Today my friend responded. I'm not sure what he thought. He was part of another church I Pastored and he left during my time there. But he said: "Thank you. I've been asking God for some wisdom and direction and I'm not hearing anything. I'm not sure what to do."

Everybody struggles with that uncertain feeling from time to time. Here are some things I've found helpful.

1 - Do the next right thing. I'm not sure where this orginated but it's good wisdom. Doing the next right thing is the best thing when you don't know what to do. It's a place to start. Finding yourself feeling trapped is the worst feeling, wondering if you have any options. It's there that we often make our worst choices. This piece of wisdom keeps me on the straight path.

2 - Pray. I mean really pray. Don't pray on the run. Take some moments and pray. Just the other day I was walking through Cornerstone's Worship Center with my fresh, hot mug of tea and I stopped, knelt down and prayed. I was in one of these places with a situation. It helped. It was the next right thing.

3 - Think about Rhythms. When I don't know what to do I think about the rhythms of my life - my spiritual disciplines - my physical exercise - what I'm eating - how I'm sleeping. When I leave a rhythm in my life I don't think as clearly. Returning to it brings clarity to my heart and mind. But there is another side. Sometimes I find breaking a rhythm is helpful.

During my Sophomore year in college I hit a wall physically as a competitive swimmer. It didn't matter how hard I tried or how stretched out and easy I swam - the times were the same. Very frustrating! Turns out there were issues with my left trap muscle and shoulder but in the end I really think I pushed my body as far as it would go.

In the midst of that difficult season Coach Keefe suggested doing something different - "Do something for yourself," he said. My choice at the time was a pint of UDF Ice Cream every day (and I mean every day!). It tasted great, I burned it off in practice and it made a difference in how I felt about this struggle.

Think about rhythms in your life. It may be you need to return to one, shift one or pick up a new one.

4 - Speak the Truth. Not knowing what to do can give us a feeling of being trapped. Sharing your frustration with a friend can help open up new ideas, new options. Speaking out loud about your frustration is like a healing balm itself.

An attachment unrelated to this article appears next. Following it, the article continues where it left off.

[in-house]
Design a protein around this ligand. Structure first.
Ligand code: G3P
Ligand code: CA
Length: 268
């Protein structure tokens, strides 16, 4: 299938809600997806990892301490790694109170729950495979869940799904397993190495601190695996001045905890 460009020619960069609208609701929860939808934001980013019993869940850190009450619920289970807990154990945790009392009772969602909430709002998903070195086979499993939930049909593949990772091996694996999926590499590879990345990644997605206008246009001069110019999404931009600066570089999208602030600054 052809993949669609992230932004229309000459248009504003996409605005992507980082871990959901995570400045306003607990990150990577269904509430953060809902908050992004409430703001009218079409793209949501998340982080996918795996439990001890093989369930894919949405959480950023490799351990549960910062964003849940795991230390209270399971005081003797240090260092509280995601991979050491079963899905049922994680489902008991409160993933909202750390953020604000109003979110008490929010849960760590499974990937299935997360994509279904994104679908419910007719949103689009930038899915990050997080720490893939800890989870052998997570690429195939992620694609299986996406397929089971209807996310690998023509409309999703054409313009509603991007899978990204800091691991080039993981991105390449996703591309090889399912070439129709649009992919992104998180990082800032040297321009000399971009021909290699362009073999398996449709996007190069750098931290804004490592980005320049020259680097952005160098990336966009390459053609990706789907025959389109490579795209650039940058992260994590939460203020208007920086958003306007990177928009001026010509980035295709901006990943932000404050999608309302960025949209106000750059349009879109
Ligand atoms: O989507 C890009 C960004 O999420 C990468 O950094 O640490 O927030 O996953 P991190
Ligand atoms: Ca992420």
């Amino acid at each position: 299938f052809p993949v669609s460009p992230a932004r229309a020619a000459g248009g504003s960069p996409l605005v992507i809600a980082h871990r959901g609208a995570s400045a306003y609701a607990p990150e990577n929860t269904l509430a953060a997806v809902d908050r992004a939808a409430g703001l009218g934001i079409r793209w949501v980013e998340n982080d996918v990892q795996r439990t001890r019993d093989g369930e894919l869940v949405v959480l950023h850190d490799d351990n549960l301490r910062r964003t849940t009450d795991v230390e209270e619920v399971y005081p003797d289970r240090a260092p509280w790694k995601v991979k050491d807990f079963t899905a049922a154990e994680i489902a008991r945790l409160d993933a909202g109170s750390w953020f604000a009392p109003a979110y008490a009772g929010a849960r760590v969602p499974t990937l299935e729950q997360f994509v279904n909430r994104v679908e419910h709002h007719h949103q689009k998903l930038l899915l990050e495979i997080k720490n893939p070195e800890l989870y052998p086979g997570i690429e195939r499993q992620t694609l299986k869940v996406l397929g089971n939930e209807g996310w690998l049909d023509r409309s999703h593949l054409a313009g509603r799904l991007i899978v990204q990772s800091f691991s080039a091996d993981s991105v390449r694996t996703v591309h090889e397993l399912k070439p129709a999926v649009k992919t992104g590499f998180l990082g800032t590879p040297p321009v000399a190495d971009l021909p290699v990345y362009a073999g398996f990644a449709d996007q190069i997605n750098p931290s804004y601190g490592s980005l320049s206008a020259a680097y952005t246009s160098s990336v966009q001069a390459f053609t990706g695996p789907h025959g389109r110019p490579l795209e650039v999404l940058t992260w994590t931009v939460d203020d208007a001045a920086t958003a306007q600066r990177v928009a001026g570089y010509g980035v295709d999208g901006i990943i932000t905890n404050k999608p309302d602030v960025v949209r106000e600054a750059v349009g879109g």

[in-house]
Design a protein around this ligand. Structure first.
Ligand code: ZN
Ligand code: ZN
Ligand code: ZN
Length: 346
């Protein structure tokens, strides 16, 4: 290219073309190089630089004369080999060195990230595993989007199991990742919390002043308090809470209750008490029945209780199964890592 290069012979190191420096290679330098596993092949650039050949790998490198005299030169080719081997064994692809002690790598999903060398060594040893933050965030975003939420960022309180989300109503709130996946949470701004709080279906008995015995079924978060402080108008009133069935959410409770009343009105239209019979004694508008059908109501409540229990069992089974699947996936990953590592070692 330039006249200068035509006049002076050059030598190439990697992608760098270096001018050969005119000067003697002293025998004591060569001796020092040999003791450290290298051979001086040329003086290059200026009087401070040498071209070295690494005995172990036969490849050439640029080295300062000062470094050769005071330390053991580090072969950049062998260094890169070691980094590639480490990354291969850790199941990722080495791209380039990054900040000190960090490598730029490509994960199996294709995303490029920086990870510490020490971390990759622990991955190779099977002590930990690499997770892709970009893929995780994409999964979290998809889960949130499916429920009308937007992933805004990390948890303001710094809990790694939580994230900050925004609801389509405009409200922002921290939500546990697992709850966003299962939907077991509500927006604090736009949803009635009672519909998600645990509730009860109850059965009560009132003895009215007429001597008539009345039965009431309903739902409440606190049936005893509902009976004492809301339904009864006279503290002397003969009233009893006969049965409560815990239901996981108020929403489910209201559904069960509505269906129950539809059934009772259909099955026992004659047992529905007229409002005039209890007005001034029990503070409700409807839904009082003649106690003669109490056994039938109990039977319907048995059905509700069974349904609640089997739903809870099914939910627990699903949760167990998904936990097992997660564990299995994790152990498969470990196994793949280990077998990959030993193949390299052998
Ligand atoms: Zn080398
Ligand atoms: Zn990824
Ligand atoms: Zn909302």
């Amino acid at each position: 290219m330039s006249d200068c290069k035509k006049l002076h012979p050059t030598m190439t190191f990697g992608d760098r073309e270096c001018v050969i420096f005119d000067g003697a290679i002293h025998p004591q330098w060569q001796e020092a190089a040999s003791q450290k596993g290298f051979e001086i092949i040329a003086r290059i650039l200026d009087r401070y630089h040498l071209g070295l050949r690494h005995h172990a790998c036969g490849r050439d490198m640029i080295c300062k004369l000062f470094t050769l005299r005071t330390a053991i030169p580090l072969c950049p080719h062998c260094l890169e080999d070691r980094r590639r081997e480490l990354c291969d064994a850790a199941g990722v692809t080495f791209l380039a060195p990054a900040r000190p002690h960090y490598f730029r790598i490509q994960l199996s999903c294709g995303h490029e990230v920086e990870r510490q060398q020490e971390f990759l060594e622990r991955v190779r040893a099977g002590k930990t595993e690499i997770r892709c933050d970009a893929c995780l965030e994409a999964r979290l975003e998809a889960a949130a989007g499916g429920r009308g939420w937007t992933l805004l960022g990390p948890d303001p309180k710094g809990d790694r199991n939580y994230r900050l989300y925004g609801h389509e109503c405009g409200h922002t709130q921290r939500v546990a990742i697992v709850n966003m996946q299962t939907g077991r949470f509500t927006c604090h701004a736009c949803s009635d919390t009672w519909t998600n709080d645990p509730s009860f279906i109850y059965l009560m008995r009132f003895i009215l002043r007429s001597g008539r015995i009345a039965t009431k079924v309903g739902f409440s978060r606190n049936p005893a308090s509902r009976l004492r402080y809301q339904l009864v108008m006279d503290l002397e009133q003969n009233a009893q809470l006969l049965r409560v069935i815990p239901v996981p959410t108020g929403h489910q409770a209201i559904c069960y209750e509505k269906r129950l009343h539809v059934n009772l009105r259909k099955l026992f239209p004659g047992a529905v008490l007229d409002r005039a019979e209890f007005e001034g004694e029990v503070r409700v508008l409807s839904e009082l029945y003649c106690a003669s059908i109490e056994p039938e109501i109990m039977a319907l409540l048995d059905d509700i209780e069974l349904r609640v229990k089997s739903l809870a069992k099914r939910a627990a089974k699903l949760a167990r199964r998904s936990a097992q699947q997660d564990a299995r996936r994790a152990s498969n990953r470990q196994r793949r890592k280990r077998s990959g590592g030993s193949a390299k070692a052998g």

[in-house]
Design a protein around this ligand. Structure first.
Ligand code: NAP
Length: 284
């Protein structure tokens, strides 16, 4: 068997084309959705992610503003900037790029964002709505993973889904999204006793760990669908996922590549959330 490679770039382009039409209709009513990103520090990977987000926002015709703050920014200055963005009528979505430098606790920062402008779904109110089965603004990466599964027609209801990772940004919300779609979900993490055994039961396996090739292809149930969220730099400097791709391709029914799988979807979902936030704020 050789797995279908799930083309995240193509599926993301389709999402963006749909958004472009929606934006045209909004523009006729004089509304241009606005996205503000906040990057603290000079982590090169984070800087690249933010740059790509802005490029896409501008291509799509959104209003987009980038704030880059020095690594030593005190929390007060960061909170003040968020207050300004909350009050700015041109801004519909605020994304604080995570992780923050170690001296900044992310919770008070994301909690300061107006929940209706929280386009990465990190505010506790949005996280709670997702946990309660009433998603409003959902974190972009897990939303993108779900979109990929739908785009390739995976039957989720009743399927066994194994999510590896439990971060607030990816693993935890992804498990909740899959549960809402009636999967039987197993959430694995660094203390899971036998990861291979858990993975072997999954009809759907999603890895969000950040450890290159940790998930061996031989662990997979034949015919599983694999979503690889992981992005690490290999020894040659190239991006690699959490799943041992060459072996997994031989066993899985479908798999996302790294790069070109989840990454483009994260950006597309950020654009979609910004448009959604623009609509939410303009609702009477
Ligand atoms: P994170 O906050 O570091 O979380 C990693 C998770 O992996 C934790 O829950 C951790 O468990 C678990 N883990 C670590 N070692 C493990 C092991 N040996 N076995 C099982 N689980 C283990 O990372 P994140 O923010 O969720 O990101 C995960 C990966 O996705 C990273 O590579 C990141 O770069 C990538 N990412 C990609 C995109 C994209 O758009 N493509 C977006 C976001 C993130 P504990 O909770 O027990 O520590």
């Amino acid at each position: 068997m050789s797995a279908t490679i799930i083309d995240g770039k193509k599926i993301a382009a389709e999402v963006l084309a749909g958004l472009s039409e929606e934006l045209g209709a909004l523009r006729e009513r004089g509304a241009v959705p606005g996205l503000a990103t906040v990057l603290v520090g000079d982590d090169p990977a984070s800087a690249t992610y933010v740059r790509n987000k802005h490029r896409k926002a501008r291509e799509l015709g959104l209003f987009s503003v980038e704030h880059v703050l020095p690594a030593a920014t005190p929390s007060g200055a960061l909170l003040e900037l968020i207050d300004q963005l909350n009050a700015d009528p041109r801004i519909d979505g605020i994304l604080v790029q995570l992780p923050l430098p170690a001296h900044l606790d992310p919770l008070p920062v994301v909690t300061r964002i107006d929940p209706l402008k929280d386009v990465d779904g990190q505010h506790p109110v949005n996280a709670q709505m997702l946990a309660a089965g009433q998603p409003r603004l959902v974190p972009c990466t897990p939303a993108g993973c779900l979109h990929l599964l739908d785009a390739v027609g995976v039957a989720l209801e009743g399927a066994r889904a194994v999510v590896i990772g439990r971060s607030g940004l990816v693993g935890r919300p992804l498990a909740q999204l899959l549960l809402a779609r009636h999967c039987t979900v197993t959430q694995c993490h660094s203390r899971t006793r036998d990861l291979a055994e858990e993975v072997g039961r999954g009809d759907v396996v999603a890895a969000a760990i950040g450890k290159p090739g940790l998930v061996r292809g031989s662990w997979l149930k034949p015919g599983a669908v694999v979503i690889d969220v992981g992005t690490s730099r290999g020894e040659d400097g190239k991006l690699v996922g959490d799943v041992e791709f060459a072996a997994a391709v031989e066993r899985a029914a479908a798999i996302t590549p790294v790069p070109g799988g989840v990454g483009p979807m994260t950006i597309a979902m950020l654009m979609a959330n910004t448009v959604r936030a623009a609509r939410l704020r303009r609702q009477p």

Not knowing what to do gives the feeling of being trapped. These steps open new windows in our emotional dead ends. 

What do you do when you don't know what to do?

Wednesday, October 10, 2012

Growing A Strong Marriage

Today I continued to purge some files and notebooks, scanning some into Evernote (I love that app), throwing many things away (it's amazing what one can collect and forget), and reading through others. Stephanie and I have led multiple Marriage Weekends over the years. In 1997, we led a Weekend with some awesome couples who all wanted to grow in their marriages. We stay in touch with many of them to this day. It was inspiring to see the list of participants - Aaron & Shannon, Greg & Karin, Dean & Erma, Gregg & Martha, Roger & Deena, Craig & Rose, John & Marla, Rick & Michelle, Jim & Kathy and one other couple who is no longer together.

I can clearly remember some of the teaching time, the fellowship and the worship. I am grateful for people like this - and so many more down through the years - who love the Lord and make marriage the priority relationship in their lives.

Growing a strong marriage takes time and effort, something that can be in short supply during those parenting years. I think the teen years were the most difficult. Other unexpected speed bumps and detours aren't helpful: illness, lay off, moves and transfers.

The most important thing we do is plan. Without planning to make your marriage a priority, life will help it not be. Life simply gets in the way - from parenting to work stress to plain busyness. Through the years we have made time to plan dates and times away for just the two of us.

We plan three things...